This article was written for the Countryside Network and published online July, 2017.
Creating the right blend of forages and grasses in a pasture to finish (fatten for slaughter) grass-fed beef is not as simple as turning the cattle out to grass. It requires timing the “finishing season” for maximum flavor and health benefits. Everything the animal eats will impact the flavor of the meat. The plants the animal eats will impact flavor differently depending on the age of the plant. Is it a young, new grass? Is it old and lignified? Once this delicate balance of plant type and age is figured out, and can consistently produce high-quality beef, word will spread about the flavor of the grass-fed beef.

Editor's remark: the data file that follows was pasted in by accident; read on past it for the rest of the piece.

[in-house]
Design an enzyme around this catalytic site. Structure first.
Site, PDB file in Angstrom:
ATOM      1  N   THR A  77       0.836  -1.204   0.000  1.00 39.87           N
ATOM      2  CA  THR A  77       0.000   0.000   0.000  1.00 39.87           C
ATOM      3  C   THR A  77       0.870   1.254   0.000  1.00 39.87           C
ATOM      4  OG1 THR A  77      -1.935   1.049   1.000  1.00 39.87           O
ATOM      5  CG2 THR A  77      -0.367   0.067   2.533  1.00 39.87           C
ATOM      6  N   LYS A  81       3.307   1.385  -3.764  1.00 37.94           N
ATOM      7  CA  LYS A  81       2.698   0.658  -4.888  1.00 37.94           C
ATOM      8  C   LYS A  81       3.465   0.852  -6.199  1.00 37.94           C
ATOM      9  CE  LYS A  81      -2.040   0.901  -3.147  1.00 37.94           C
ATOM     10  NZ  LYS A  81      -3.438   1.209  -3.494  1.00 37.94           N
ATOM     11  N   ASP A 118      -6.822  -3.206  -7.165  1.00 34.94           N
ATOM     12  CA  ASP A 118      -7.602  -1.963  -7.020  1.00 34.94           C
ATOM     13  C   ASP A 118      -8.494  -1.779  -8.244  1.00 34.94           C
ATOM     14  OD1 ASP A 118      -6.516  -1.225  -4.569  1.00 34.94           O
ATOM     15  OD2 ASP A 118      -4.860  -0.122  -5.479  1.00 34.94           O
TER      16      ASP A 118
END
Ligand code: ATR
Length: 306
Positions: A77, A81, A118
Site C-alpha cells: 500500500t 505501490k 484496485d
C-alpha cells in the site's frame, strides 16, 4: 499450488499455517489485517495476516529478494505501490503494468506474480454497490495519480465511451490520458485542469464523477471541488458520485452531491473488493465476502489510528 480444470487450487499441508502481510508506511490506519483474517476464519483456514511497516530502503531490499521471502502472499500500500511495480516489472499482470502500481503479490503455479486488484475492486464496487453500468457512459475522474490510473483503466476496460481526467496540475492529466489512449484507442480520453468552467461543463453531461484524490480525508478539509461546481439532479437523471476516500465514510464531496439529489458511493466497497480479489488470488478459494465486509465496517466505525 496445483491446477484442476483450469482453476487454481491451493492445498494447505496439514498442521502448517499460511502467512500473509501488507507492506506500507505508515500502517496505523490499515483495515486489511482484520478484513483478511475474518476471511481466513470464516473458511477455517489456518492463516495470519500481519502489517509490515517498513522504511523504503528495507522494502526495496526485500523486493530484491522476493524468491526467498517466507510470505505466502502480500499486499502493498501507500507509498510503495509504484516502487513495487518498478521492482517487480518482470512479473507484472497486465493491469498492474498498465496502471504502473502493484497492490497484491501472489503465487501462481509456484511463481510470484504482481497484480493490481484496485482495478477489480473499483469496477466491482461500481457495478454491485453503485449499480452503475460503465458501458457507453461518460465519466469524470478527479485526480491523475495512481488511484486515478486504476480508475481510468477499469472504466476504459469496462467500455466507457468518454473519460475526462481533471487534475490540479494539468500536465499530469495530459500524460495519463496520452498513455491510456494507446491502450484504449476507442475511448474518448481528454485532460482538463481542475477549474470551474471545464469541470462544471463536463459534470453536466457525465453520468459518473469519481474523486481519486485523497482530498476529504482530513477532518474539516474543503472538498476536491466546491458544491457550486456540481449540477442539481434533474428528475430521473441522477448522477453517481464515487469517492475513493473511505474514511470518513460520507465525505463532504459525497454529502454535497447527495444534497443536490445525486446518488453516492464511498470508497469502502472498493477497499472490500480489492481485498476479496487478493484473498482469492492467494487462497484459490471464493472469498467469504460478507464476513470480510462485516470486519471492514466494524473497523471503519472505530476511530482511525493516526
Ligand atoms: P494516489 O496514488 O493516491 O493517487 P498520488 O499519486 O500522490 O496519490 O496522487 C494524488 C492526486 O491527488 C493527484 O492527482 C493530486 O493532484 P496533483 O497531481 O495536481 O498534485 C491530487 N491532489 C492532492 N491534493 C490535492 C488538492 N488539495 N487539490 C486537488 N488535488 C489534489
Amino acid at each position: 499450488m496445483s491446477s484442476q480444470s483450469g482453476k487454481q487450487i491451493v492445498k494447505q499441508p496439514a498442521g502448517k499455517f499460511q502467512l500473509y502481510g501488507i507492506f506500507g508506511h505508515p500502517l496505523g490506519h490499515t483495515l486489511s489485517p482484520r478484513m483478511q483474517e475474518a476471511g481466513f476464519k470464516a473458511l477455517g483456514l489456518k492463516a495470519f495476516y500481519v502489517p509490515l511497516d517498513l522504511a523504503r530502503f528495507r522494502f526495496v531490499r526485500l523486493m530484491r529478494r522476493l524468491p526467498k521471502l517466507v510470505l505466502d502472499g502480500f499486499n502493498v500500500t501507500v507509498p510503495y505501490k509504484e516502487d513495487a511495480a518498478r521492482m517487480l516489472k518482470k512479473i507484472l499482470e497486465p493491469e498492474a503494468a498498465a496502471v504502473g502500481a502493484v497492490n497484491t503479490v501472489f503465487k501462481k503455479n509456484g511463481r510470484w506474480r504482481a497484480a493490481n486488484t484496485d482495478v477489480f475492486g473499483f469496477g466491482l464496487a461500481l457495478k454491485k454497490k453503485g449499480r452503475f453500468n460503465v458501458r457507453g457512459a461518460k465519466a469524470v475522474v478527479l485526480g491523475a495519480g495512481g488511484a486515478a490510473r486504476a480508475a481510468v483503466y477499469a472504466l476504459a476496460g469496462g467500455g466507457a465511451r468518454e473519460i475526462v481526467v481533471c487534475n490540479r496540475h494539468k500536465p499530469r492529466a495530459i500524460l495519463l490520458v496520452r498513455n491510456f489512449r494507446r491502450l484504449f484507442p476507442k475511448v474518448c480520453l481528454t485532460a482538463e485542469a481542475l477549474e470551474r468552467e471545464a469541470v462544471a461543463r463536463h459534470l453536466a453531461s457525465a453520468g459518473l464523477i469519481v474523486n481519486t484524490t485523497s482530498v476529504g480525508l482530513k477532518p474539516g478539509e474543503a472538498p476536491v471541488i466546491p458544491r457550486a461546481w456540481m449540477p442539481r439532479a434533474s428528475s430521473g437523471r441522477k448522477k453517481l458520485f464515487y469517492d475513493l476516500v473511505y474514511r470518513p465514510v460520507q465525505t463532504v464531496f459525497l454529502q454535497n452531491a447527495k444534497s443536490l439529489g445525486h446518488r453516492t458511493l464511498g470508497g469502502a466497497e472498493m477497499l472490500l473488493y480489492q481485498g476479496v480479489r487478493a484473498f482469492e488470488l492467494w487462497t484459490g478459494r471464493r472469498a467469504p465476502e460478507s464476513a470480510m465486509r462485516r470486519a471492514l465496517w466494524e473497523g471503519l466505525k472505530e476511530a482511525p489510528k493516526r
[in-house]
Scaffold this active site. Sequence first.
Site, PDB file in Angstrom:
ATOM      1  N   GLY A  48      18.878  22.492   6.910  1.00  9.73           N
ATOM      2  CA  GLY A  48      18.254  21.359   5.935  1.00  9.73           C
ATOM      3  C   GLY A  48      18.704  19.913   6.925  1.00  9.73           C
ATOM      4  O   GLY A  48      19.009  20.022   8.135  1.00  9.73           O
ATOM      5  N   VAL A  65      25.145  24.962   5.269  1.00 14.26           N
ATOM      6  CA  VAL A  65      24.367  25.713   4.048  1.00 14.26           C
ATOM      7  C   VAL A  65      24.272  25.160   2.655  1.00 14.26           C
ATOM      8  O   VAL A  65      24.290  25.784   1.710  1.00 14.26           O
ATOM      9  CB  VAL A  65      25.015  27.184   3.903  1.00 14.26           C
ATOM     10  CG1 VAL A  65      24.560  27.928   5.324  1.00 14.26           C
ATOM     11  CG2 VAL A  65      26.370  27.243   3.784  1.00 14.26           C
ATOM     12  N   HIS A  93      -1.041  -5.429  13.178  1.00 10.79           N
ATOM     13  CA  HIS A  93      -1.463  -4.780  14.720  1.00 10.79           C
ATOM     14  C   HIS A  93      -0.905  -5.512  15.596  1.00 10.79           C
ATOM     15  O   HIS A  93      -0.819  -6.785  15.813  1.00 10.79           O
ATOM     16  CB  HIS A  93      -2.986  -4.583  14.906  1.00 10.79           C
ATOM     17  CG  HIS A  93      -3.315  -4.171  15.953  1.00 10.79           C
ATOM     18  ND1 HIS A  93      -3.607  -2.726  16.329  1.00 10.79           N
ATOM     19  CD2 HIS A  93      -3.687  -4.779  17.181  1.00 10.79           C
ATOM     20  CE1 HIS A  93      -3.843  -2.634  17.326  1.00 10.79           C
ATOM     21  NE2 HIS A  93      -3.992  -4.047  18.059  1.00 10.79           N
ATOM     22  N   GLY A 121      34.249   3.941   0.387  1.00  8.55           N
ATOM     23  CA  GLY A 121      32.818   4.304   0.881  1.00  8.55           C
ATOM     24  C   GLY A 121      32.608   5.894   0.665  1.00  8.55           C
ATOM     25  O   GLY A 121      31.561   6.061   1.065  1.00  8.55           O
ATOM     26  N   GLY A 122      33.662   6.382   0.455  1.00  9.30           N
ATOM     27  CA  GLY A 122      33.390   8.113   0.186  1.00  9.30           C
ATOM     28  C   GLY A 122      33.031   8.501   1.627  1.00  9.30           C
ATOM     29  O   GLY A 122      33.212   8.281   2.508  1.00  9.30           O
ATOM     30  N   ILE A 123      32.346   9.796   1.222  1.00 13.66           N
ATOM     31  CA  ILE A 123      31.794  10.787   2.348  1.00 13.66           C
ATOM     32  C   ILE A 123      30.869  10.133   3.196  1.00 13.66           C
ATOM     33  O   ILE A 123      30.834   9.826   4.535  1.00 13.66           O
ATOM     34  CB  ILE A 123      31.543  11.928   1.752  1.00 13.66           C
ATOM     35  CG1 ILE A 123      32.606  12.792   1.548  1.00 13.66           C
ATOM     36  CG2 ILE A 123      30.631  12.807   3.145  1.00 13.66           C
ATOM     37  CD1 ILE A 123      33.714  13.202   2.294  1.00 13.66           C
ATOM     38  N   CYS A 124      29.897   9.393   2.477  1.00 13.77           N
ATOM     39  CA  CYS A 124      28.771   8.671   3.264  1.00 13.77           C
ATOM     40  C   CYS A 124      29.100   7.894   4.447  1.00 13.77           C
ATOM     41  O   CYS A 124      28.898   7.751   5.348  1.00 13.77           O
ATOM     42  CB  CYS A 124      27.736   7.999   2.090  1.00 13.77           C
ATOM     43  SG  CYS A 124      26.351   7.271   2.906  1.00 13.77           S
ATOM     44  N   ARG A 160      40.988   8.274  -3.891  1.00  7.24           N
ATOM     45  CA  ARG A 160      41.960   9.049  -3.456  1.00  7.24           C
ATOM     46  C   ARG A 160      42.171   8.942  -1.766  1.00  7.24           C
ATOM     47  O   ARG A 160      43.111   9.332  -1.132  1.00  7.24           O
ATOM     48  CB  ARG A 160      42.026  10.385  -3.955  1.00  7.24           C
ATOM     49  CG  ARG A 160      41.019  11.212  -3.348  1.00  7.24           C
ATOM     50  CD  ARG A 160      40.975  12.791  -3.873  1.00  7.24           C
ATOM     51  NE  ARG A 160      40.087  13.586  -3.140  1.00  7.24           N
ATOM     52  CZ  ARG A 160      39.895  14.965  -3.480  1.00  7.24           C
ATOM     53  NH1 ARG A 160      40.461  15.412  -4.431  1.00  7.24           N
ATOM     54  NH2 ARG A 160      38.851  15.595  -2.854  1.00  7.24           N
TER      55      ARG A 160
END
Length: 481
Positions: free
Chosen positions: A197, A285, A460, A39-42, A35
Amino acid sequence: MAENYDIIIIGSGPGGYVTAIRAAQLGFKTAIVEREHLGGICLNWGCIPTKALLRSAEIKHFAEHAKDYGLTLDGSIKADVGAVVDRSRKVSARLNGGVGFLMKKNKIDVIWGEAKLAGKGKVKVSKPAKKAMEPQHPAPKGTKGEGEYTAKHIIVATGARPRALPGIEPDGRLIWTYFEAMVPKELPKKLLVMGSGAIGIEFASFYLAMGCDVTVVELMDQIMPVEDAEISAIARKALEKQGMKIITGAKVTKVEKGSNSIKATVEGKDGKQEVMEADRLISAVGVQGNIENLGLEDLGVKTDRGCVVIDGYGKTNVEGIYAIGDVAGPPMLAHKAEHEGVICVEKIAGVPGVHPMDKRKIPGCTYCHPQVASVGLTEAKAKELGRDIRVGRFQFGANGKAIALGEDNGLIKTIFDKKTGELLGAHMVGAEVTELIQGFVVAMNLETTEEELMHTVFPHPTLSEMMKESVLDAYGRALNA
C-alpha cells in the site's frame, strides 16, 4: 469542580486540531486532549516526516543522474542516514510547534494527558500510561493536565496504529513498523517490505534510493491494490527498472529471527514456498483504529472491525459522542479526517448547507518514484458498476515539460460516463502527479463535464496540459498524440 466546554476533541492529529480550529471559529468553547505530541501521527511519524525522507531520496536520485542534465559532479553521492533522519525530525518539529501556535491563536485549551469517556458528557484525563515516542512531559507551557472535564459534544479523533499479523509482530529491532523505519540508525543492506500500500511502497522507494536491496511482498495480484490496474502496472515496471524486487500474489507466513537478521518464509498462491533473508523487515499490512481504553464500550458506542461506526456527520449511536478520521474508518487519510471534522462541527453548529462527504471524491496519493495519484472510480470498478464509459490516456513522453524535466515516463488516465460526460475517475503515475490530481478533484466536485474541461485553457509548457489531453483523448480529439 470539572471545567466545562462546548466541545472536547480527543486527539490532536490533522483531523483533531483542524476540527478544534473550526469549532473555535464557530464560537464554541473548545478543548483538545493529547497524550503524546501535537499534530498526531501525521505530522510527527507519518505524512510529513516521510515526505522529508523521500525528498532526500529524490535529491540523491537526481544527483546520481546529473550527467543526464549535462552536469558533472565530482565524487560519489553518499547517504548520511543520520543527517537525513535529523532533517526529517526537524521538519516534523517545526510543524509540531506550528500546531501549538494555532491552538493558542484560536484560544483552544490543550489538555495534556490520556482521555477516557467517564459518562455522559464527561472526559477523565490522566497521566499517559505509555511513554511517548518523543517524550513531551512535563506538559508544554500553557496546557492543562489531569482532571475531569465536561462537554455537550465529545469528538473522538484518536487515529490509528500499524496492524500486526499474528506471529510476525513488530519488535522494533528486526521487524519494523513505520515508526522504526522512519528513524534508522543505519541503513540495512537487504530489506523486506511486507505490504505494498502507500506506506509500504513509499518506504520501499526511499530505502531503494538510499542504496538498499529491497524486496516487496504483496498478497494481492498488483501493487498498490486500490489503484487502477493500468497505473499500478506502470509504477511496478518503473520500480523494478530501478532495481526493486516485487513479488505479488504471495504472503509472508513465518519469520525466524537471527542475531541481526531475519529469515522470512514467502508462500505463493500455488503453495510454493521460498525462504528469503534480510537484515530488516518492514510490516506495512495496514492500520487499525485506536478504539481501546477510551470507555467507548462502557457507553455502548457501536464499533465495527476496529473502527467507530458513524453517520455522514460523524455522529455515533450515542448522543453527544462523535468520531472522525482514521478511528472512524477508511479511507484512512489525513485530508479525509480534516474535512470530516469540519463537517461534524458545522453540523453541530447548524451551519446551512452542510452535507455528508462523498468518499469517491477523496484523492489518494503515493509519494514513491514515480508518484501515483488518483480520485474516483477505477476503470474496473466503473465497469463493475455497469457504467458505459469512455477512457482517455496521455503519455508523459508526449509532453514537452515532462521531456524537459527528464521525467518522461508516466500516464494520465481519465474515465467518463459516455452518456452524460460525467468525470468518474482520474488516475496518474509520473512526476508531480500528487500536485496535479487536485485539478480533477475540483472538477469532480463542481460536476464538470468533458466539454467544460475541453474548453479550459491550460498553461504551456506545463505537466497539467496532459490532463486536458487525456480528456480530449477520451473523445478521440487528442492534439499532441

Grass-fed beef and grass finished are sometimes used interchangeably as terms to describe cattle who only ate grass their whole lives. To finish cattle means to grow them to a certain age and fat cover to be ready to slaughter. A grass-finished product means that the animal ate only grass their whole lives. Grass-fed generally means this too, but some companies are advertising grass-fed beef when really the animal was fed grass most of their lives but supplemented with corn or other high-concentrate feeds at the end of their life. When purchasing grass-fed beef, it is important to ask about the finishing process to understand the health benefits, environmental impact and other factors that are important to most consumers.
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